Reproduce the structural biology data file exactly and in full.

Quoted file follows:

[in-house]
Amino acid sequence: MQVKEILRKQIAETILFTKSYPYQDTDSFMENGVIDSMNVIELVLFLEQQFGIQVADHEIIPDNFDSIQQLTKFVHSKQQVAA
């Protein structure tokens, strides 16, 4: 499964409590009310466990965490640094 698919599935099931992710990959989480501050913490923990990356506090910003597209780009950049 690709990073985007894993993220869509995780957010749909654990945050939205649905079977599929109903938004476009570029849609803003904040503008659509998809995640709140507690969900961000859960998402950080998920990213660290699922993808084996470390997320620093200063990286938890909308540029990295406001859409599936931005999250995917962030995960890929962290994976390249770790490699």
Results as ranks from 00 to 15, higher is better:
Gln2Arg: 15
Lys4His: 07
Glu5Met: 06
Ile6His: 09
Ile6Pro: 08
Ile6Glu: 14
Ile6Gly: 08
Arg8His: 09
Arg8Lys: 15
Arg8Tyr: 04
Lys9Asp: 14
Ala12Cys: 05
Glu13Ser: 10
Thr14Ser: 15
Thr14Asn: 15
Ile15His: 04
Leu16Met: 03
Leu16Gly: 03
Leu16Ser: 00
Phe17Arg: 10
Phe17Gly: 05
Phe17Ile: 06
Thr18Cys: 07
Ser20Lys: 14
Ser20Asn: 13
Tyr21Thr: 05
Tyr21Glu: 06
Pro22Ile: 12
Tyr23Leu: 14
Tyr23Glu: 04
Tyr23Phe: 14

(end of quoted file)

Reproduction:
[in-house]
Amino acid sequence: MQVKEILRKQIAETILFTKSYPYQDTDSFMENGVIDSMNVIELVLFLEQQFGIQVADHEIIPDNFDSIQQLTKFVHSKQQVAA
């Protein structure tokens, strides 16, 4: 499964409590009310466990965490640094 698919599935099931992710990959989480501050913490923990990356506090910003597209780009950049 690709990073985007894993993220869509995780957010749909654990945050939205649905079977599929109903938004476009570029849609803003904040503008659509998809995640709140507690969900961000859960998402950080998920990213660290699922993808084996470390997320620093200063990286938890909308540029990295406001859409599936931005999250995917962030995960890929962290994976390249770790490699």
Results as ranks from 00 to 15, higher is better:
Gln2Arg: 15
Lys4His: 07
Glu5Met: 06
Ile6His: 09
Ile6Pro: 08
Ile6Glu: 14
Ile6Gly: 08
Arg8His: 09
Arg8Lys: 15
Arg8Tyr: 04
Lys9Asp: 14
Ala12Cys: 05
Glu13Ser: 10
Thr14Ser: 15
Thr14Asn: 15
Ile15His: 04
Leu16Met: 03
Leu16Gly: 03
Leu16Ser: 00
Phe17Arg: 10
Phe17Gly: 05
Phe17Ile: 06
Thr18Cys: 07
Ser20Lys: 14
Ser20Asn: 13
Tyr21Thr: 05
Tyr21Glu: 06
Pro22Ile: 12
Tyr23Leu: 14
Tyr23Glu: 04
Tyr23Phe: 14